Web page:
Low cost pet vaccine clinic Saturday
by Sarah Fay Campbell
If your pet is in need of vaccines, you can get them for a great price Saturday at the HELP Spay/Neuter Clinic's monthly vaccine clinic.
Shots will be $10 each, with no exam fee, during the special event at the Newnan vet clinic. Also available will be microchips for $25, and heartworm tests for dogs for $10.
The walk-in clinic event runs from 11 a.m. to 2 p.m. at the clinic, located at 12 The Crescent in Avery Park. No appointments are necessary.
Vaccine clinics will also be held Sept. 7, Sept. 28, Oct. 26, Nov. 23 and Dec. 21.
Vaccines are very important for the health of animals, especially young puppies.
"The ones we give in dogs prevent several major diseases," said Dr. John Duncan, new veterinarian at the clinic, which focuses on ending pet overpopulation by providing low cost spay/neuter surgeries.
One shot covers parvo, distemper, and infectious hepatitis. Parvo is a gastrointestinal virus "which can easily kill a puppy in just a few days," Duncan said.
A dog that is not vaccinated for parvo is at a high risk of contracting it. "It is such a devastating virus and it is so ubiquitous. You can get parvo simply by being on the ground where dogs with parvo have been," Duncan said. And the virus can stay active in soil for more than two years.
Distemper is less common but can be just as serious. "Distemper can kill dogs, but it can also leave them with long-term neurological problems," Duncan said. In adult dogs, the symptoms can often be mistaken for rabies, leading to dogs being put down.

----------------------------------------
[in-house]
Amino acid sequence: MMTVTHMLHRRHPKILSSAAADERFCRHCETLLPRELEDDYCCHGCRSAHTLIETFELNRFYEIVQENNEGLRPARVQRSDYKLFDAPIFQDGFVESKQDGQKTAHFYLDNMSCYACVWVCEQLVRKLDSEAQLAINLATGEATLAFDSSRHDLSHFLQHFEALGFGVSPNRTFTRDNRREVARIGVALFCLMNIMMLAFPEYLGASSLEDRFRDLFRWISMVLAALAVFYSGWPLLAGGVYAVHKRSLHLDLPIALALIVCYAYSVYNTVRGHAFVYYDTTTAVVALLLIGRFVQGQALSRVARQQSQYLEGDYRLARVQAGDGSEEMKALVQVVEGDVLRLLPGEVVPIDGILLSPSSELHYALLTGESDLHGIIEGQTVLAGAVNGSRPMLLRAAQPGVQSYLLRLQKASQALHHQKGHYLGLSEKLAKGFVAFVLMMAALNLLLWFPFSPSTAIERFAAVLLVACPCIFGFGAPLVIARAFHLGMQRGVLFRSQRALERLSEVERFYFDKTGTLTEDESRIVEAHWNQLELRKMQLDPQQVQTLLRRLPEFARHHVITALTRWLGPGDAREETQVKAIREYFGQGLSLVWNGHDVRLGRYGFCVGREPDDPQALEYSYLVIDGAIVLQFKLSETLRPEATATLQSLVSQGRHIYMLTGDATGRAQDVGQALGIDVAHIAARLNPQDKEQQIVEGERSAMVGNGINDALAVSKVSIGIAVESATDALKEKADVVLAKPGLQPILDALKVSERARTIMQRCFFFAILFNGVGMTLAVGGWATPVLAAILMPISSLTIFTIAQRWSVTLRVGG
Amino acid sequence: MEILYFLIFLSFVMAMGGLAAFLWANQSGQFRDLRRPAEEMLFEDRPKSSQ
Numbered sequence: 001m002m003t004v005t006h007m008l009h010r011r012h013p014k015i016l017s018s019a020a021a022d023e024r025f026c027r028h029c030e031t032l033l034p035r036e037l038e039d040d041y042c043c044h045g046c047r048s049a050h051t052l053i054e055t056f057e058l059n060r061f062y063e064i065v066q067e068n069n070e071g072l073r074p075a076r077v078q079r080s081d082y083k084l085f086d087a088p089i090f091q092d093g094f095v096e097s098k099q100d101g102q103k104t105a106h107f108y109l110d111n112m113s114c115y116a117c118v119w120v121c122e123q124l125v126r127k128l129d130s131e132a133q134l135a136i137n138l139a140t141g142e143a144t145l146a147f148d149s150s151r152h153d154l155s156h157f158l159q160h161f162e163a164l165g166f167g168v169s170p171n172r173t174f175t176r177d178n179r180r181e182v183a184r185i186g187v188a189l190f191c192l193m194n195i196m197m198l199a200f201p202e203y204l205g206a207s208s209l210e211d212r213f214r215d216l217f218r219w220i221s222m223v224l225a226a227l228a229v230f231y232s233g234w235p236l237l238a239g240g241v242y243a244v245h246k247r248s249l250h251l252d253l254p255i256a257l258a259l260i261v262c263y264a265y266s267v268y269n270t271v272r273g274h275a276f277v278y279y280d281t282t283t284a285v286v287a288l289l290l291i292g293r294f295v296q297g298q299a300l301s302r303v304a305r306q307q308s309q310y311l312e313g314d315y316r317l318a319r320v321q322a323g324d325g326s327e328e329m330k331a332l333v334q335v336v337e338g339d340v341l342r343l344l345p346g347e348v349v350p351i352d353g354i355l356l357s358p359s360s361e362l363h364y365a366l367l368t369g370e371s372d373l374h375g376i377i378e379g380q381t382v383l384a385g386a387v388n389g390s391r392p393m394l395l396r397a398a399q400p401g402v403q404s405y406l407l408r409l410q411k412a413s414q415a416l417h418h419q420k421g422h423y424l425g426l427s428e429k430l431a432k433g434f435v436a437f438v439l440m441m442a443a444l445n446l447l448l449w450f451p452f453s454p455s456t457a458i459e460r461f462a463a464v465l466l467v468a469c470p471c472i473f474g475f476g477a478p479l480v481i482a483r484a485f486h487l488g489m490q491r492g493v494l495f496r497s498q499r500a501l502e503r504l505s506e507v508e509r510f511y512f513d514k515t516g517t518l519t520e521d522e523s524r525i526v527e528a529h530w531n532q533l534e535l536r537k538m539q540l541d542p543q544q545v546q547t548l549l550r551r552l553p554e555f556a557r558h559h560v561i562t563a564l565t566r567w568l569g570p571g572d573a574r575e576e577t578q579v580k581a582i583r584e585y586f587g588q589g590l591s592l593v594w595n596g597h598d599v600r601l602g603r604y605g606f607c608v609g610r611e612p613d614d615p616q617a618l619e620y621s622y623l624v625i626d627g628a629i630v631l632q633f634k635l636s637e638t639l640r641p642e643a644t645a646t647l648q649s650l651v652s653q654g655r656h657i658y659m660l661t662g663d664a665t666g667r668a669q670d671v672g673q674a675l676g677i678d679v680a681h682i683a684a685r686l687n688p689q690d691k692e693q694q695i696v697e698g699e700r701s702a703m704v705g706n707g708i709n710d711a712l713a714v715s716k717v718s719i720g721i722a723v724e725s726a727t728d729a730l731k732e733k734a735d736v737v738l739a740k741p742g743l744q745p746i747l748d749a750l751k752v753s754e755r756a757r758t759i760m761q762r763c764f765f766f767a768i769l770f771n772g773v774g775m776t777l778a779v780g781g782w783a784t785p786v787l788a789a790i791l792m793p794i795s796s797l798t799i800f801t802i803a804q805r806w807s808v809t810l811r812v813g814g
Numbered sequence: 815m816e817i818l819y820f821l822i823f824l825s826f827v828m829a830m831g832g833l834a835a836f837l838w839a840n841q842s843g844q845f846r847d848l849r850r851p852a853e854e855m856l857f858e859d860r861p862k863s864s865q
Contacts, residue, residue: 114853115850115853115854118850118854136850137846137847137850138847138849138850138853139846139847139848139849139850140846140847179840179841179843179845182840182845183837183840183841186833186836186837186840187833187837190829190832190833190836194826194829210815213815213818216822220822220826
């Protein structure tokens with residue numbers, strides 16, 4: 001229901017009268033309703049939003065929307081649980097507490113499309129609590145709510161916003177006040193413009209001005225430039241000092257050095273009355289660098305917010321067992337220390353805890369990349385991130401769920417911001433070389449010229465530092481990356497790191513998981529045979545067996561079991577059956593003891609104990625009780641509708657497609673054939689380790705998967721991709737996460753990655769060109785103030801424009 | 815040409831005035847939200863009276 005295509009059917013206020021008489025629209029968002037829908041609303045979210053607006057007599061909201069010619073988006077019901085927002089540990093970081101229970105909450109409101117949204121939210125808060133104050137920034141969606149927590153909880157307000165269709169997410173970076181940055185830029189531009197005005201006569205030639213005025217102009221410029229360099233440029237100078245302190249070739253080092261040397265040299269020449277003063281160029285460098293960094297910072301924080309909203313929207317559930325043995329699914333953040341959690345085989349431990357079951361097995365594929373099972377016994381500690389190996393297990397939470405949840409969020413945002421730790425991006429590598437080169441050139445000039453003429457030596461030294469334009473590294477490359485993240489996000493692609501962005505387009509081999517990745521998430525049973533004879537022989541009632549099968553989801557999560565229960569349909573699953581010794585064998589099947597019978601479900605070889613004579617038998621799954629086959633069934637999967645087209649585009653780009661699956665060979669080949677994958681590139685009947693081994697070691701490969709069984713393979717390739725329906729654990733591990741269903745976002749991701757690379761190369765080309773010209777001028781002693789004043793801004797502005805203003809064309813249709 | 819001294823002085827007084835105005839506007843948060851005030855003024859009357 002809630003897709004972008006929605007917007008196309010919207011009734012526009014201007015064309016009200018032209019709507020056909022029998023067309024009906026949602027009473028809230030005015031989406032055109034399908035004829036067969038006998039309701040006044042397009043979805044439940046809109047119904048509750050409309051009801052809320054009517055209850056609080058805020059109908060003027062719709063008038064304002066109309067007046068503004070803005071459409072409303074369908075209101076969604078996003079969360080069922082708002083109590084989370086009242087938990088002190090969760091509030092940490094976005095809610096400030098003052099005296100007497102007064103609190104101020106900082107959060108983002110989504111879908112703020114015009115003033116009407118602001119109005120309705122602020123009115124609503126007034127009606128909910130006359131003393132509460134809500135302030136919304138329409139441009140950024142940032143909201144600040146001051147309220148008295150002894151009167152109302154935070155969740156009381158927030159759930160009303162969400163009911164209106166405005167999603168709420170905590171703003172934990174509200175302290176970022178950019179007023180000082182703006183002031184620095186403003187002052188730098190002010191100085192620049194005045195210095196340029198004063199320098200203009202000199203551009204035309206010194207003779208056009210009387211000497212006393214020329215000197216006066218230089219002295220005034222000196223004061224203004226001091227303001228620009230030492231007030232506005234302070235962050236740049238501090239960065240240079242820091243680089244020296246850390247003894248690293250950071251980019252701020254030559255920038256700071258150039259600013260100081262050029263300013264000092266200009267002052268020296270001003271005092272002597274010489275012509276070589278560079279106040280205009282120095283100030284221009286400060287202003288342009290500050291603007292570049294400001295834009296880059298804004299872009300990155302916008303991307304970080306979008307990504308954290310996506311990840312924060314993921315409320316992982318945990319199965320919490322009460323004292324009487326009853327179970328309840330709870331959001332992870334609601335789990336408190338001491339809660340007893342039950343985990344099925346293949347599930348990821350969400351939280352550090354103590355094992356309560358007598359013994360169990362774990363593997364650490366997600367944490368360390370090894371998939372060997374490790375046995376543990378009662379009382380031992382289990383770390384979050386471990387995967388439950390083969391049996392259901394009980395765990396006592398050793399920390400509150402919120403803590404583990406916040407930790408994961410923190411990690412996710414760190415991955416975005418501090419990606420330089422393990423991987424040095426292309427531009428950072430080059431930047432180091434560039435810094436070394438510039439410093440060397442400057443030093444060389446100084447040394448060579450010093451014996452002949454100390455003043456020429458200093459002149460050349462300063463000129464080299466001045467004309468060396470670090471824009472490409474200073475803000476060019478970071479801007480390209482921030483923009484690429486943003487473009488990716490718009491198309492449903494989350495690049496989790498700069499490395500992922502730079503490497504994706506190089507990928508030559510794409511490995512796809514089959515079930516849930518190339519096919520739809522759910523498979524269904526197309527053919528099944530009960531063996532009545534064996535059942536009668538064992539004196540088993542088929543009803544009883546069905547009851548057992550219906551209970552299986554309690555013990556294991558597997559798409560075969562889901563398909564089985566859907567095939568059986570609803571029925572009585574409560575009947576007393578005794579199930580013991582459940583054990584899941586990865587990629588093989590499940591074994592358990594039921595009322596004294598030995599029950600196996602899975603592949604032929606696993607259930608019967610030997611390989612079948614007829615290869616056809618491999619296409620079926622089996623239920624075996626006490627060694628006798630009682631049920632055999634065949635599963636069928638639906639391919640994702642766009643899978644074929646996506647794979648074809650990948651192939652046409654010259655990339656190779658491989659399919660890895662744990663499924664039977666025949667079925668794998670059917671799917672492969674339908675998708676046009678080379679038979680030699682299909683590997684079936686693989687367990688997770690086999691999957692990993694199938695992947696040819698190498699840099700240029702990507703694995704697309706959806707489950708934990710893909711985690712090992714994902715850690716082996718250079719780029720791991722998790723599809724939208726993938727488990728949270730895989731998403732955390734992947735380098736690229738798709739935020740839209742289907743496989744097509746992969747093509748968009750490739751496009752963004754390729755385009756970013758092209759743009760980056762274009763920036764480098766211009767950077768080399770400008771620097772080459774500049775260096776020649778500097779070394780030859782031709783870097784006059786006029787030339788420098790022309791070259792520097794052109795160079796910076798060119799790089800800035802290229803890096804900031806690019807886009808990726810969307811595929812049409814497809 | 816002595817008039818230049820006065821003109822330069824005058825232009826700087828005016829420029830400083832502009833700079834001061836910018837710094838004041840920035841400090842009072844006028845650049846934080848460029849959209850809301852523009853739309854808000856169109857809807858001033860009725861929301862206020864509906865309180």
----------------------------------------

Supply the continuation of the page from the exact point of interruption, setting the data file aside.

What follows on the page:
Other canine vaccines offered at the clinic include kennel cough (bordatella), rabies and leptospirosis. Leptospirosis is a bacterial disease that can attack a dog's liver and kidneys and can lead to organ damage or failure. It can be spread by wildlife and can also affect humans.
Vaccines for cats include rabies, feline leukemia, and the FVRCP combo shot. The FVRCO shot prevents three airborne viruses: rhinotracheitis, calcivirus and panleukopenia.
Panleukopenia is very common, and while it can cause death, it's more often a chronic upper respiratory disease that can come back "whenever the cat is stressed out."
Rhinotracheitis can also cause chronic, lifelong nose and throat problems.
"It's really important to try to get them vaccinated," Duncan said.
The calcivirus can cause chronic inflamation of the tissues of the mouth and throat. "That is a very sad disease as well," Duncan said.
Feline leukemia is a deadly disease that is spread among cats through grooming. That vaccine is only needed for cats that spend time outside or that live with an infected cat.
Kitties and puppies need a series of shots because antibodies they get from their mother — either in the womb or through her milk, can neutralize the vaccines. The kitten and puppy shots need to be given every two to three weeks, Duncan said.
"We can help out by having the vaccine clinic do one or two of those shots," Duncan said, but because of the timing, pet owners will need to take their animals to their vet for the rest of the series.
Duncan won't actually be giving vaccines at Saturday's clinic, though. Relief vet Dr. Karen Plasket will be working during this clinic event and Duncan will be available for the Sept. 7 clinic.